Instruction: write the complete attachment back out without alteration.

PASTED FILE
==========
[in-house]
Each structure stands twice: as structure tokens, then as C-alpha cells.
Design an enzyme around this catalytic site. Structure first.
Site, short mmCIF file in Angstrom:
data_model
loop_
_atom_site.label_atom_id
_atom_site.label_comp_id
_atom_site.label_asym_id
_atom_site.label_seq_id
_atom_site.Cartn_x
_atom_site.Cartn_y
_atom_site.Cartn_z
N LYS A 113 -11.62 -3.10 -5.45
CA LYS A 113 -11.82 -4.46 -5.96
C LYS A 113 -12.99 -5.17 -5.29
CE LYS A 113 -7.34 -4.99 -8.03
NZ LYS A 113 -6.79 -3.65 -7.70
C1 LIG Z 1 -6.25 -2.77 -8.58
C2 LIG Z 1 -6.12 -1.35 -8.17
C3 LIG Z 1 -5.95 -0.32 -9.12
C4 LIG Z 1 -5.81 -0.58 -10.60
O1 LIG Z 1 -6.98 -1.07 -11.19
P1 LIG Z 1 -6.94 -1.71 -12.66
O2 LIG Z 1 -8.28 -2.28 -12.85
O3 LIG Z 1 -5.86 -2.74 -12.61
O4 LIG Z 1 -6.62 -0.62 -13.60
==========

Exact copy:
[in-house]
Each structure stands twice: as structure tokens, then as C-alpha cells.
Design an enzyme around this catalytic site. Structure first.
Site, short mmCIF file in Angstrom:
data_model
loop_
_atom_site.label_atom_id
_atom_site.label_comp_id
_atom_site.label_asym_id
_atom_site.label_seq_id
_atom_site.Cartn_x
_atom_site.Cartn_y
_atom_site.Cartn_z
N LYS A 113 -11.62 -3.10 -5.45
CA LYS A 113 -11.82 -4.46 -5.96
C LYS A 113 -12.99 -5.17 -5.29
CE LYS A 113 -7.34 -4.99 -8.03
NZ LYS A 113 -6.79 -3.65 -7.70
C1 LIG Z 1 -6.25 -2.77 -8.58
C2 LIG Z 1 -6.12 -1.35 -8.17
C3 LIG Z 1 -5.95 -0.32 -9.12
C4 LIG Z 1 -5.81 -0.58 -10.60
O1 LIG Z 1 -6.98 -1.07 -11.19
P1 LIG Z 1 -6.94 -1.71 -12.66
O2 LIG Z 1 -8.28 -2.28 -12.85
O3 LIG Z 1 -5.86 -2.74 -12.61
O4 LIG Z 1 -6.62 -0.62 -13.60